A war zone. It sounded like a war zone. Sound effects of an AK47 gun amid MRI vibrations and banging noises usually taking place on construction sites. Tinnitus adding an overlay I can miss like never before.
Magnetic resonance imaging is a godsend to ill people. In regards to MS, it gives a clear view on what is physically going wrong inside the brain, spinal cord and optic nerves. Add some contrast fluid, and yours can lit up like a Christmas tree, just like mine did this morning. Or so I was told.
Sudden, loud sounds twitches my head involuntarily. The upstairs part of my body locked in a mask, I now realise how Leo felt when he played The Man in the Iron Mask.
Poor King of France.
Having seen the inside of almost every hospital in Dublin the last 12,5 years, systematic desensitisation has taken place each time I had an appointment. It simply seemed that I was destined to review every hospital in Dublin. Ever the perfectionist, I tried to comply.
There were two sets of crutches, two abdominal surgeries, and a fainting spell near the top of the grand staircase in one of the more uptown shops in the middle of Ireland’s busiest street. There was the superbug and the Achilles tendon, the broken tailbone, the possible lung clot, the lost contact lens and the upcoming sleep test. There was also the literal, accidental headbanging after losing my balance at work, when I familiarised myself with the vanilla coloured Dulux paint of the company walls.
It’s perfectly possible that other already forgotten hospital visits will eventually show their existence in my memory, but for now, I think I have enough reasons to believe that at least physically, I’m cursed.
The biggest upset near the end of 2004 and the start of 2005, was how MS arrived on my doorstep. Uninvited, unwanted and unwilling to ever move out.
After four months of continuous misdiagnoses, being proactive when I needed it most by walking into A&E was a checkmate move. I had X-rays, a CAT scan, vascular testing, another round of X-rays and an MRI scan in the space of the first 36 hours. It seemed I had an invisible pull on hospitals, illnesses and large medical devices.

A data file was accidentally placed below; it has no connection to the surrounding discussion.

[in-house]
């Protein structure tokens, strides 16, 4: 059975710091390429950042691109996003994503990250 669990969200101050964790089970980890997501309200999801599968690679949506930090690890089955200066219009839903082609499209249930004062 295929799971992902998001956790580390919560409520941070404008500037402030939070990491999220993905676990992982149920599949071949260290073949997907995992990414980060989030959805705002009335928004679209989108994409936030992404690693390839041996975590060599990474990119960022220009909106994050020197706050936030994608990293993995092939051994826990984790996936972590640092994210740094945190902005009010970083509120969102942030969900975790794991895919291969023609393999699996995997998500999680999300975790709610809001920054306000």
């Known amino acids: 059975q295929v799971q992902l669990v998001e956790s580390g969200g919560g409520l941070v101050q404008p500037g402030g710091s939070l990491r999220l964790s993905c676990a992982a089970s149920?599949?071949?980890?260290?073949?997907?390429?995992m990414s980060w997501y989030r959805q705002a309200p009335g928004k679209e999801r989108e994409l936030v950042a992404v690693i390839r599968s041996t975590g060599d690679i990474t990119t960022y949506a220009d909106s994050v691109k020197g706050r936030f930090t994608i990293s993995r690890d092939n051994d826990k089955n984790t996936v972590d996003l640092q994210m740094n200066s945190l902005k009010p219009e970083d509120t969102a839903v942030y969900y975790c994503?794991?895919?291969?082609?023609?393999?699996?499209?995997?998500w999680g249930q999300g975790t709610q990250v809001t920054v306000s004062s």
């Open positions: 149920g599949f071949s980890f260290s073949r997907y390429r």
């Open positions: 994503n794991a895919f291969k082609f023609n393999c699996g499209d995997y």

In fact, it seemed as if I had the same strength of the principal magnet of an MRI scanner on hospital environments (the main MRI magnet is strong enough to produce fields 60,000 times the strength of the earth’s natural magnetic field). Leave a piece of metal in your skin so, and you could end up on the ceiling of the MRI tunnel.
Sort of, of course.
Trying to classify MRI sounds is like asking the New York City Ballet to do a thirty minute STOMP dance to the sound of hungry cats on a construction site in full operation, wolf whistles included. In short: a cacophony of gut-wrenching sounds, sounds that oh dear… set off another round of trigeminal neuralgia.
As you can tell, I’ve had many a story to tell the family or to tell friends when they need a laugh. Most “You should write a book about your life in Ireland!” tales originated from hospital visits. Also, because of the twelve-year-long desensitisation, there’s very little doctors have yet to discover inside my body, which means that basically, I share my guts for the glory of the medical establishment.
Today, after my three-tesla MRI scan, I learned a few new sounds that weren’t present during my previous MRI scans. Then again, I could be wrong as I do manage to fall asleep during such checkups. Tesla-T sounds may be as loud as 125 decibels, equivalent to a rock concert or a balloon popping near the ear, but add strong MS fatigue to the mix and your first goal is to try to out-snore the digital competition.
Today though, there was a reversal of my acquired desensitisation. Having an incurable, neurodegenerative illness is nothing compared to what I witnessed in the MRI department: a little girl, barely 3 years old, crying because of an imminent scan. It told me more than any medical or psychology book could teach.
My heart broke. I wanted to leave the hospital thinking that through the eyes of defeat, I could see hope. Instead, it made me feel angry at myself for going on about the myriad of sounds in MRI scans when there’s a far greater hurt going on in the minds of parents caring for their ill children. My only hope today goes out to the little girl and her parents, and to the many others in this world.
Neurologically challenged by MS and personally by her will to succeed, Willeke is a disability awareness advocate seeking to improve neurological/MS services in Ireland. By highlighting difficult issues that come with such a diagnosis, she hopes her tenacity can bring some dignity to people most in need of a modern, inclusive healthcare system that looks after every aspect of life.
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